DoD Plans Allied Force Review
By Jim Garamone
American Forces Press Service
WASHINGTON, July 12, 1999 The Department of Defense will conduct an after-action review for Operation Allied Force, Pentagon officials announced July 8.
Deputy Defense Secretary John Hamre and Air Force Gen. Joseph Ralston, vice chairman of the Joint Chiefs of Staff, will head the review. They expect to brief Defense Secretary William Cohen on the study around Labor Day.
Hamre said during a press conference that these reviews are part of a normal process that "will help us [U.S. military] do our job better if we ever have to go to war again." He said the review would also be used in making resource decisions for next year's budget and as a foundation for future strategic planning.
Vice Adm. Vern Clark, director of the Joint Staff, said the lessons-learned study is organized into three groups to review three primary mission areas: deployment and employment operations, intelligence support for operations, and alliance and coalition warfare. Each group is chaired by a flag officer and will have members representing the services, the Office of the Secretary of Defense, the Joint Staff and defense agencies.
The regional commanders in chief, the services and defense agencies will provide their information to these working groups. Hamre said he did not want to limit what they submit. "If we ask them to answer questions we pose to them, then the tendency is to just answer those questions," Hamre said. "Some other aspect may be equally important, but we wouldn't receive that information."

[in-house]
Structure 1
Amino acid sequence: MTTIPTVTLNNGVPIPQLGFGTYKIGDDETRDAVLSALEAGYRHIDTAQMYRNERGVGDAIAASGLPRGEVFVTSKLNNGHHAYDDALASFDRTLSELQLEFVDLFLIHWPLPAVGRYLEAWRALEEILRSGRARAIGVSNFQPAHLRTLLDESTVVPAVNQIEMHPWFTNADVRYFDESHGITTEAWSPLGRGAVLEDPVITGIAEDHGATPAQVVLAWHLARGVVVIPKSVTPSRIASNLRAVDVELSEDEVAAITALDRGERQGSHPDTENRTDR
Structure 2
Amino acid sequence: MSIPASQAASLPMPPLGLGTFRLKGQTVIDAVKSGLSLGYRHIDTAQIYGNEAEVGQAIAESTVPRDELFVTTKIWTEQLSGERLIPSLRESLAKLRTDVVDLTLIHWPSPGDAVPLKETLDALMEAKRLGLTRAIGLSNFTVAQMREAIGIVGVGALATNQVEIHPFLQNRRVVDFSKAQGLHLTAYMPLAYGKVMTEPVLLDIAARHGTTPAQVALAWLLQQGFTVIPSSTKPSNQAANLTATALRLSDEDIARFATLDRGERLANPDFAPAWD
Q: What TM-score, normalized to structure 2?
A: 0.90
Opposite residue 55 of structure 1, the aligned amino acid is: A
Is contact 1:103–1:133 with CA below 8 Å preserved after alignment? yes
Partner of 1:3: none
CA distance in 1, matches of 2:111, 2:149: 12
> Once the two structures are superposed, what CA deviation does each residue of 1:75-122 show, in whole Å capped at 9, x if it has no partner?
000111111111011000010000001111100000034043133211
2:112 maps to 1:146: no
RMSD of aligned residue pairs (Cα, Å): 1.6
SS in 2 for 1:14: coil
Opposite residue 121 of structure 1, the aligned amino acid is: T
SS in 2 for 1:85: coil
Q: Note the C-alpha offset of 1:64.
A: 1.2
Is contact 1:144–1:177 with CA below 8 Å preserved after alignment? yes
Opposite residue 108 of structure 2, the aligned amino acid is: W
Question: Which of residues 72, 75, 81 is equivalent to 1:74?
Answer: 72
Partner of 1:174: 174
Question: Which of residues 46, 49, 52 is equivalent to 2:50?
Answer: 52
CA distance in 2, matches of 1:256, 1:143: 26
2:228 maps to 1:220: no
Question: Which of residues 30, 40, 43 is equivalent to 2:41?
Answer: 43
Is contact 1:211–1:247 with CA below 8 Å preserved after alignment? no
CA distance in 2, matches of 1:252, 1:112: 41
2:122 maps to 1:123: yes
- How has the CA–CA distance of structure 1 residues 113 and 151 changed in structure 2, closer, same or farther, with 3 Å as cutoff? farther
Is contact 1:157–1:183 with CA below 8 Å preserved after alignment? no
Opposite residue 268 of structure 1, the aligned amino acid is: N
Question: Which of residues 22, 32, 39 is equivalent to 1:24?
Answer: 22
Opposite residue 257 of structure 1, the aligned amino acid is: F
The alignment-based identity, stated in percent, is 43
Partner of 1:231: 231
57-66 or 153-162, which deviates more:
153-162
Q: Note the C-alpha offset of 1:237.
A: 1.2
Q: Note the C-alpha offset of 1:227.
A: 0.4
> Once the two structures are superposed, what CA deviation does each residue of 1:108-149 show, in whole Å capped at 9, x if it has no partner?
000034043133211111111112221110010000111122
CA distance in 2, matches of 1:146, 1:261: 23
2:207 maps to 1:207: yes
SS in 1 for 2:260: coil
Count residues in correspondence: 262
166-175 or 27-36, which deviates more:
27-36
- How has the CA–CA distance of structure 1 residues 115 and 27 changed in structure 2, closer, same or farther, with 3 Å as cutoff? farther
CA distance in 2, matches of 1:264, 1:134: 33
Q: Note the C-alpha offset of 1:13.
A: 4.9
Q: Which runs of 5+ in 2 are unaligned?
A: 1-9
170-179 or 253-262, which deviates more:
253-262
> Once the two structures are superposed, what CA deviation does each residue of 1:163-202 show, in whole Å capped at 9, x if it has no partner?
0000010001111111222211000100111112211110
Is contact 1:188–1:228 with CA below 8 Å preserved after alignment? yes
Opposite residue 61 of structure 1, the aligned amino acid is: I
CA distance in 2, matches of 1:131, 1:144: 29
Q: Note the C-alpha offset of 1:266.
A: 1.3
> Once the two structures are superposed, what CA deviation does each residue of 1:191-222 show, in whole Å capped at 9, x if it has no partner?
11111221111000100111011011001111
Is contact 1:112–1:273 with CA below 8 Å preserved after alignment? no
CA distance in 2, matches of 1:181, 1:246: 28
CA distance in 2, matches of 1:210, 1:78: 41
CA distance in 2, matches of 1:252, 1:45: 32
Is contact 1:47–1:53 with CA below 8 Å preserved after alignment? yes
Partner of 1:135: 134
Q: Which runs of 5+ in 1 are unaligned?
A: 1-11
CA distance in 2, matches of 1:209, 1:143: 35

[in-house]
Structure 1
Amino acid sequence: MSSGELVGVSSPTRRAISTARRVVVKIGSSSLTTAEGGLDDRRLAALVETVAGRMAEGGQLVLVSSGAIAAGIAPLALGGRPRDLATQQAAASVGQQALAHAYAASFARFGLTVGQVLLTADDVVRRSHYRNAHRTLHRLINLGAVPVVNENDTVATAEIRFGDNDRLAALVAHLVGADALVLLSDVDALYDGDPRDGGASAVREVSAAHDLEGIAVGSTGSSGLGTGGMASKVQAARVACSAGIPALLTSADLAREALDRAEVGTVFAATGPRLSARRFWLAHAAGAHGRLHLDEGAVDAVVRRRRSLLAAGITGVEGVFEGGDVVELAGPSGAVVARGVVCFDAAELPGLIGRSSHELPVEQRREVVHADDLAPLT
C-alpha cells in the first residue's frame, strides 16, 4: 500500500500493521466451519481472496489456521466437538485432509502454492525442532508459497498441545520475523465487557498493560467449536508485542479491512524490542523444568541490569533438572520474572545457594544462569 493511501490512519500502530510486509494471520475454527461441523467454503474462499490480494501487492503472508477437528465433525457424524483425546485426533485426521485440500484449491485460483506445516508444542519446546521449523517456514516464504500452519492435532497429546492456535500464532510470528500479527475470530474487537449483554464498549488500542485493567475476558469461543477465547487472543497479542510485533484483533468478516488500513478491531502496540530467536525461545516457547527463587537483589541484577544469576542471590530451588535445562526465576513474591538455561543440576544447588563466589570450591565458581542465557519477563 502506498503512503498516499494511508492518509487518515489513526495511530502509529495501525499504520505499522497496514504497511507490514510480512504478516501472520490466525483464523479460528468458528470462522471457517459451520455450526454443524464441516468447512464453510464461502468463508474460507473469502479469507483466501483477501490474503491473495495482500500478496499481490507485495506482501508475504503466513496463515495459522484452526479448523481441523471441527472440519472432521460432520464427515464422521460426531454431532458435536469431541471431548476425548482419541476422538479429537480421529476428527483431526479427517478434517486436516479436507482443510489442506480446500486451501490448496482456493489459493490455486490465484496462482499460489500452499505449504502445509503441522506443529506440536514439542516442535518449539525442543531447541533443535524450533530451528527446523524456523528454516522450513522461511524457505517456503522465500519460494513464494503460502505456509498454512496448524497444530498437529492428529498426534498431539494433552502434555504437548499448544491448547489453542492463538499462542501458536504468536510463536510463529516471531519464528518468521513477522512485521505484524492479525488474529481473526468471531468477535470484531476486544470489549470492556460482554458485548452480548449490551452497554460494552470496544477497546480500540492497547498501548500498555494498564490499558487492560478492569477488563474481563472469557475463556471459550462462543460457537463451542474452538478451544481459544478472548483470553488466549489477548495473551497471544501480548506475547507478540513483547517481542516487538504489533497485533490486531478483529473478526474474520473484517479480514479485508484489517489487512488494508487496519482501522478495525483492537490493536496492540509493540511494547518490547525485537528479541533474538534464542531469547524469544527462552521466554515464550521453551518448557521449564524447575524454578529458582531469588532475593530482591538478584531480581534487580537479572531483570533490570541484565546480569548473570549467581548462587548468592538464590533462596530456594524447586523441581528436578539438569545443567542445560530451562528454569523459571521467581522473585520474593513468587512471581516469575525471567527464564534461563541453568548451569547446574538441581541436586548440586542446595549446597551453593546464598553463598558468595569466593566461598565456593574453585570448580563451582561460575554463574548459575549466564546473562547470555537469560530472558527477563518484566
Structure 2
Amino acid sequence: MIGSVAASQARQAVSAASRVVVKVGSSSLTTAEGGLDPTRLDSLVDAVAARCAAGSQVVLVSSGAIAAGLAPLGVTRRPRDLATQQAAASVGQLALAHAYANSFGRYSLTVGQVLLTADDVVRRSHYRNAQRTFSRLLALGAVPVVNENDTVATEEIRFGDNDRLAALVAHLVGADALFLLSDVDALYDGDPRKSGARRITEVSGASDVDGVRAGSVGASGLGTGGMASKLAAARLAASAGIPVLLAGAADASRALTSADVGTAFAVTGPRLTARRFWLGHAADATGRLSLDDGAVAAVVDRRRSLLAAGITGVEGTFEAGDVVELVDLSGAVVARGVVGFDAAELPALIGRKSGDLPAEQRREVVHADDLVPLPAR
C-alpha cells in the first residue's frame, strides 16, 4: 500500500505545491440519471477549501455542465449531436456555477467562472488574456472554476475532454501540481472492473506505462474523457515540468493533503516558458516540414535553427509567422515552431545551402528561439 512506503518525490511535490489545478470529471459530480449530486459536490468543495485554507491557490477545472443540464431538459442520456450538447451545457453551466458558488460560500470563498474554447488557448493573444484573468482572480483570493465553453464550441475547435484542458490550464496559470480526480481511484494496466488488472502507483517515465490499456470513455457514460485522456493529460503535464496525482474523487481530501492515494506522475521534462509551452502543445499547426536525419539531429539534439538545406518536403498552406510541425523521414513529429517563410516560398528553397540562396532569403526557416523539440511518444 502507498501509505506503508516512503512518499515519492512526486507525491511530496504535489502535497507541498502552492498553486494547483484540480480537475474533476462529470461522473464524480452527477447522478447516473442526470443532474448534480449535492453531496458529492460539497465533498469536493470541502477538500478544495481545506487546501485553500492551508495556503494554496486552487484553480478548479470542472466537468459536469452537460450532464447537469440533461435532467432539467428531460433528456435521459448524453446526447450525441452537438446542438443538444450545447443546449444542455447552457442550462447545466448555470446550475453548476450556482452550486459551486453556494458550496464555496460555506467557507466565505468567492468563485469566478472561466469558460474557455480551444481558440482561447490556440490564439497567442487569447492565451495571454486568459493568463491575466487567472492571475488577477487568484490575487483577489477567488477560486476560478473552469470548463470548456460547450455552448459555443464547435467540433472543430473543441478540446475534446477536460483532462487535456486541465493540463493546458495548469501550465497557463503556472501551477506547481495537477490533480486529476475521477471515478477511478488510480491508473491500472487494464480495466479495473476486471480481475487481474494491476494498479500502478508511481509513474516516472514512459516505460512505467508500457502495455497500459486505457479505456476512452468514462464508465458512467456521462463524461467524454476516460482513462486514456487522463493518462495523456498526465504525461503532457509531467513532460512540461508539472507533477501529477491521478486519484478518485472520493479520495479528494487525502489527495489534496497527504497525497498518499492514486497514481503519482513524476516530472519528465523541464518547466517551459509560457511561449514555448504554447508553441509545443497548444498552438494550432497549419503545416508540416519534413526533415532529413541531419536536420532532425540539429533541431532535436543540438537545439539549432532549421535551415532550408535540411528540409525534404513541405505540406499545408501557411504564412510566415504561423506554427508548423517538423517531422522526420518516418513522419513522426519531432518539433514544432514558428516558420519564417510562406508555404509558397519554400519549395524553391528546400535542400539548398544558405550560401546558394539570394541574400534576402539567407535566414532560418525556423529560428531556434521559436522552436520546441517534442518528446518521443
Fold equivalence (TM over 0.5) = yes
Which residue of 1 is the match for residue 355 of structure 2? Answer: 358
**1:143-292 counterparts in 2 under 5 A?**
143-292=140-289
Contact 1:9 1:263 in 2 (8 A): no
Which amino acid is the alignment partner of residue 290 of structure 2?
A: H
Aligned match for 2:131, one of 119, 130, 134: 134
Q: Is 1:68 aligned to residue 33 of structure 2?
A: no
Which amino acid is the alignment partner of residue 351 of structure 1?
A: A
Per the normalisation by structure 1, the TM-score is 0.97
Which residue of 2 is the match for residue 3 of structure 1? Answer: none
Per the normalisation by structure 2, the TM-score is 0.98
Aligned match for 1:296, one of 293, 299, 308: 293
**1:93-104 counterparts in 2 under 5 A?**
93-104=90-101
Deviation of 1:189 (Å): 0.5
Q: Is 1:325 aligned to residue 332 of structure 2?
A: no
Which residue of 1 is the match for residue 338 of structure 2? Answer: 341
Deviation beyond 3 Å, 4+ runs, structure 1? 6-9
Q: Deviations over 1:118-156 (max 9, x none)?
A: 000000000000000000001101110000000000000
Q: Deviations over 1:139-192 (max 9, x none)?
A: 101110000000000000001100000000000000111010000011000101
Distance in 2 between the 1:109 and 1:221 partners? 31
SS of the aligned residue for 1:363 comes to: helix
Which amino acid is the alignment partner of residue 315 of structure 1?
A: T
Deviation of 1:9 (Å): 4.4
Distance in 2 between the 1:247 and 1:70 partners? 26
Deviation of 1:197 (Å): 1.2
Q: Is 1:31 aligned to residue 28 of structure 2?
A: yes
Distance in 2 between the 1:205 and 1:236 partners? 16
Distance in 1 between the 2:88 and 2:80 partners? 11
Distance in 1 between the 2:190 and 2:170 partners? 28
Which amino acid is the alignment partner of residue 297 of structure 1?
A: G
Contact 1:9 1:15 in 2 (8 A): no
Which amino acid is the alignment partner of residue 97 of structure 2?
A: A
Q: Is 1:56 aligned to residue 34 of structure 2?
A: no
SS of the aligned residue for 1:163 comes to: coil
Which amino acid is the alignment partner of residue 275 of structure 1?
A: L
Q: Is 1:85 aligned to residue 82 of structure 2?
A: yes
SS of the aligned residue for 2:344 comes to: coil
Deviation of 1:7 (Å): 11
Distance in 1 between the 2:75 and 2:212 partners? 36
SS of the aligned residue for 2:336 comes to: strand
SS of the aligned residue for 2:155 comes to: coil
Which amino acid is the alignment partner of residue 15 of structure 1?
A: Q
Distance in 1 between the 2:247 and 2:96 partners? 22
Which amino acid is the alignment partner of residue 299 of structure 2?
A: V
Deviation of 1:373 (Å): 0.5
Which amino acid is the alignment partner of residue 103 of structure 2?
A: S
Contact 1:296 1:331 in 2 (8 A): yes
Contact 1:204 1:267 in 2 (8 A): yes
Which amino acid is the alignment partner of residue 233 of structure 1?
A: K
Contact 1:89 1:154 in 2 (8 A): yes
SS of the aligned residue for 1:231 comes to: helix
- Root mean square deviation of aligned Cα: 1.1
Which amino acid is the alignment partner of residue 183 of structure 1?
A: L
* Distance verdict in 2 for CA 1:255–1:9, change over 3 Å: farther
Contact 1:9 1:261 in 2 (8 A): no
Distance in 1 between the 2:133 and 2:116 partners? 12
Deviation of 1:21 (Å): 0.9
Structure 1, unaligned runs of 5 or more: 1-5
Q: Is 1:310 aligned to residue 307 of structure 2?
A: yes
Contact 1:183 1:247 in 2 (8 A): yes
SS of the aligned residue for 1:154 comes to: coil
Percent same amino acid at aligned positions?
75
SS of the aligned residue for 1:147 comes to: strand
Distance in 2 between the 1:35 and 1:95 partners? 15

Clark said that any after-action review starts at a tactical level and moves to the strategic. So up and down the chain of command, this review has significance and use.
High on the list of topics the groups will address is the use of new systems and technologies. Unmanned aerial vehicles -- like the Predator -- were important to Operation Allied Force, and their impact will certainly be studied, Clark said. The process of getting information to those who need it on an almost-real time basis will also be examined.
In the area of deployment, study group members will look at the challenges in quickly getting the force in place and operating from forward locations. They will also review operations in an air defense environment where the enemy's use of decoys, such as tractors made to look like tanks, misled NATO pilots and created problems in battle damage assessment. Each of the 30 confirmed instances of collateral damage that happened during the air campaign would be studied to find out what went wrong.
Hamre said the technology gap between the United States and its NATO allies also will be addressed. He said the operation pointed out the need for our allies to have stronger defense budgets.
"Our allies have not invested in what it takes to fight a modern war the way we do it, and the way I think that Western democratic societies want to fight wars -- with a great deal of precision, minimal collateral damage, intense operations, so you can quickly get it over with," Hamre said.
Hamre told reporters the review will answer many of their questions, but emphasized its goal is to prepare the U.S. military to fight future wars. "We've got to figure out what worked and what didn't work -- and we had lots of things both ways," he said.